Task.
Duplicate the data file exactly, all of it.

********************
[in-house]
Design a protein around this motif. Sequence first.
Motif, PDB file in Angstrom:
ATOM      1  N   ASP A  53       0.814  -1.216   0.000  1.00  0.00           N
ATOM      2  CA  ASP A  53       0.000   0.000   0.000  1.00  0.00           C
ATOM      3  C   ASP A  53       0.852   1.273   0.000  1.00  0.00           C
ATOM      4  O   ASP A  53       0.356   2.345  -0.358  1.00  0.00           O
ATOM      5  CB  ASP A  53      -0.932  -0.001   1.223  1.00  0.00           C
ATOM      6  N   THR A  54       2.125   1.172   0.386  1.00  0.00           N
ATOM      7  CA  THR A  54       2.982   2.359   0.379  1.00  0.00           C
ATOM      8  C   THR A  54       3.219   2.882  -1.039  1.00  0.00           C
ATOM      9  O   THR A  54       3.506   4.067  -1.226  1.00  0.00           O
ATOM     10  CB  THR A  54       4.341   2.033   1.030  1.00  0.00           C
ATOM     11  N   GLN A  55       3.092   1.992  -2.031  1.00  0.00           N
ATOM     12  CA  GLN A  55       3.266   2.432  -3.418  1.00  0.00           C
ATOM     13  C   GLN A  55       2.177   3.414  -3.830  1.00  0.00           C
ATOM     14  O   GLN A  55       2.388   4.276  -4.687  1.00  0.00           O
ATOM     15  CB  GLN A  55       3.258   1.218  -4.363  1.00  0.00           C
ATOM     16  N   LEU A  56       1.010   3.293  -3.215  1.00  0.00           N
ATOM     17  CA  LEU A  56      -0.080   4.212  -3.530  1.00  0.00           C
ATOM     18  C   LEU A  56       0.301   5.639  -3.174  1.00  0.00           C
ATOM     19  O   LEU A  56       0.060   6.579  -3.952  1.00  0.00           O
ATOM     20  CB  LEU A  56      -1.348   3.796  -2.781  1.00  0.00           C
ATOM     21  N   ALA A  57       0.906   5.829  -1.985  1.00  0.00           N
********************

[in-house]
Design a protein around this motif. Sequence first.
Motif, PDB file in Angstrom:
ATOM      1  N   ASP A  53       0.814  -1.216   0.000  1.00  0.00           N
ATOM      2  CA  ASP A  53       0.000   0.000   0.000  1.00  0.00           C
ATOM      3  C   ASP A  53       0.852   1.273   0.000  1.00  0.00           C
ATOM      4  O   ASP A  53       0.356   2.345  -0.358  1.00  0.00           O
ATOM      5  CB  ASP A  53      -0.932  -0.001   1.223  1.00  0.00           C
ATOM      6  N   THR A  54       2.125   1.172   0.386  1.00  0.00           N
ATOM      7  CA  THR A  54       2.982   2.359   0.379  1.00  0.00           C
ATOM      8  C   THR A  54       3.219   2.882  -1.039  1.00  0.00           C
ATOM      9  O   THR A  54       3.506   4.067  -1.226  1.00  0.00           O
ATOM     10  CB  THR A  54       4.341   2.033   1.030  1.00  0.00           C
ATOM     11  N   GLN A  55       3.092   1.992  -2.031  1.00  0.00           N
ATOM     12  CA  GLN A  55       3.266   2.432  -3.418  1.00  0.00           C
ATOM     13  C   GLN A  55       2.177   3.414  -3.830  1.00  0.00           C
ATOM     14  O   GLN A  55       2.388   4.276  -4.687  1.00  0.00           O
ATOM     15  CB  GLN A  55       3.258   1.218  -4.363  1.00  0.00           C
ATOM     16  N   LEU A  56       1.010   3.293  -3.215  1.00  0.00           N
ATOM     17  CA  LEU A  56      -0.080   4.212  -3.530  1.00  0.00           C
ATOM     18  C   LEU A  56       0.301   5.639  -3.174  1.00  0.00           C
ATOM     19  O   LEU A  56       0.060   6.579  -3.952  1.00  0.00           O
ATOM     20  CB  LEU A  56      -1.348   3.796  -2.781  1.00  0.00           C
ATOM     21  N   ALA A  57       0.906   5.829  -1.985  1.00  0.00           N